• A traditionally masculine man, who wants a contemporary, powerful woman: HA! The biggest crock, but also one of the biggest wishes being fulfilled. This one is the most regressive, but possibly the most understandable. It's wish fulfillment for women who were raised to desire the traditionally beautiful and masculine alpha male -- women for whom alternative masculinities have never been effectively promoted -- but were also raised post-second-wave-feminist, i.e. raised to take advantage of and expect to be treated as equals. This item is the one that shows up the biggest failure of second (and third) wave feminism: its failure to not just conceive of, but also actively promote, alternative masculine roles that work with the alternative roles for women we've essentially pushed through.
  • Outsider status: although all these conflicts and anxieties and desires are common and mainstream, there's still the desire to stand outside of the mainstream, to be special and also be to be a bit oppressed. This is partly adolescent, partly American (wherein our entire identity hinges on overcoming challenges and being individual), and partly guilty-white-girl. The last one is why so many urban fantasy heroines are mixed race (never just poc, though.) In this post-civil-rights-movement era, outsider status is most quickly vouchsafed by being a person of color. But, of course, no white woman REALLY dreams of being black, so it's always American Indian or Asian (although the half-Asians are usually the sidekicks.)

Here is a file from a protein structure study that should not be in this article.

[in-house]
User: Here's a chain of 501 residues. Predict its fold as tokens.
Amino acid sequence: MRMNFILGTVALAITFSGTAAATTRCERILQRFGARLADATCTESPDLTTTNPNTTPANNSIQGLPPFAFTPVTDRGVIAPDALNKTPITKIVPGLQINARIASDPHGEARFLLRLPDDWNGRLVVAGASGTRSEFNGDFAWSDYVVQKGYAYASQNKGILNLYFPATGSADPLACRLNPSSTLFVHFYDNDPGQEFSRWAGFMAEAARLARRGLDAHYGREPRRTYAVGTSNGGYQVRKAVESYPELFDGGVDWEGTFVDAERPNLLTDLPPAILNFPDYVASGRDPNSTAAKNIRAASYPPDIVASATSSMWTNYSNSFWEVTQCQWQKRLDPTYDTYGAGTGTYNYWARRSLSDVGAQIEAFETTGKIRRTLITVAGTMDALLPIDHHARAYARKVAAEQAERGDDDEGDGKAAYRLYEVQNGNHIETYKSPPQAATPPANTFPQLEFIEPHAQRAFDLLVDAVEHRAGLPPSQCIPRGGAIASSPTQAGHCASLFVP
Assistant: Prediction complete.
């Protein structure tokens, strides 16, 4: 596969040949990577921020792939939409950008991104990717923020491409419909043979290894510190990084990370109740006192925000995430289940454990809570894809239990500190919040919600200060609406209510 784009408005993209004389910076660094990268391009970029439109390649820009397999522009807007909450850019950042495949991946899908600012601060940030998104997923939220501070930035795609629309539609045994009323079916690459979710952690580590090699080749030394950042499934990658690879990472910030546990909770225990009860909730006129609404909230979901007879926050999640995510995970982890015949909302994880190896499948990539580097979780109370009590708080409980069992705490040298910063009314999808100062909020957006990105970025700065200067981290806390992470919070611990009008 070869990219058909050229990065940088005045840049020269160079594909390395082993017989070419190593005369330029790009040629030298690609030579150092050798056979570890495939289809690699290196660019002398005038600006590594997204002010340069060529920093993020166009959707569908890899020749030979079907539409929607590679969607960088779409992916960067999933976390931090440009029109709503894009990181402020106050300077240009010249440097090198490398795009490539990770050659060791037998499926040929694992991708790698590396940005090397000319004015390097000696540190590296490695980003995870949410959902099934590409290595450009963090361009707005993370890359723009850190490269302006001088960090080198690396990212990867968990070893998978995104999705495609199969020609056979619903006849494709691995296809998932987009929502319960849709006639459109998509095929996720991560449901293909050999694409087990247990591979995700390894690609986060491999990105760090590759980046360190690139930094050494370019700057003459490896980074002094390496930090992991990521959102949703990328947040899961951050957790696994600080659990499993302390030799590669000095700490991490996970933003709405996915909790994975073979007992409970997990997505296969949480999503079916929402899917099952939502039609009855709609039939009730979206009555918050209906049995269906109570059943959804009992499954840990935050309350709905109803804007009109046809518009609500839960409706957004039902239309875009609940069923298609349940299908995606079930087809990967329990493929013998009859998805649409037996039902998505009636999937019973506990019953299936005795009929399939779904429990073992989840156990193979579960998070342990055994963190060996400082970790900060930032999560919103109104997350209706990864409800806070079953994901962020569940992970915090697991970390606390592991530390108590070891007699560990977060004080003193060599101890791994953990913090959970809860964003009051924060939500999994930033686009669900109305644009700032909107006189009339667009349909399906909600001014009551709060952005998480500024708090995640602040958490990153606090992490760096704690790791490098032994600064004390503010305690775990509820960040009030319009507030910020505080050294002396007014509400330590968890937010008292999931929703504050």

There are more, I'm sure, but these are the ones jumping out at me. No conclusions right now. More soon.

June 28, 2011

On Being Harassed in the Street

Up front I'm telling you that this is about Hollaback's "I've Got Your Back" campaign, to create an online and offline movement to end street harassment. I've donated and I hope you'll consider doing the same.

Boy, it's been a long time since I posted. Actually, the last time I posted was right around the time that I moved back to San Francisco. And I'm so glad to be back.

But I don't tell people that one of the reasons I'm so glad to be back in the city is that the amount of harassment I encounter has gone waaaaaay down. The main reason I don't mention it is that the reactions of many people break my heart. Too many people, upon being told in general that I get a lot of harassment, act uncomfortable -- with me! -- and don't offer me any sympathy, much less engage in any discussion. I'm talking about abstract conversations here, where there's no immediate danger, and all I'm doing is communicating.

It's so much worse, then, when the harassment happens in front of your friends or social circle and they do nothing or act uncomfortable with you, as if you were the one who had done something wrong. I know that those situations can be sometimes scary or emotionally heightened. But think about the general emotional orientation of someone who doesn't, when the scary moment is over, automatically offer help and sympathy to a friend who has just been verbally assaulted.

I mean, c'mon, people! How hard is it to say to your friend who was just harassed, "I'm sorry you had to deal with that," or ask her "are you alright?"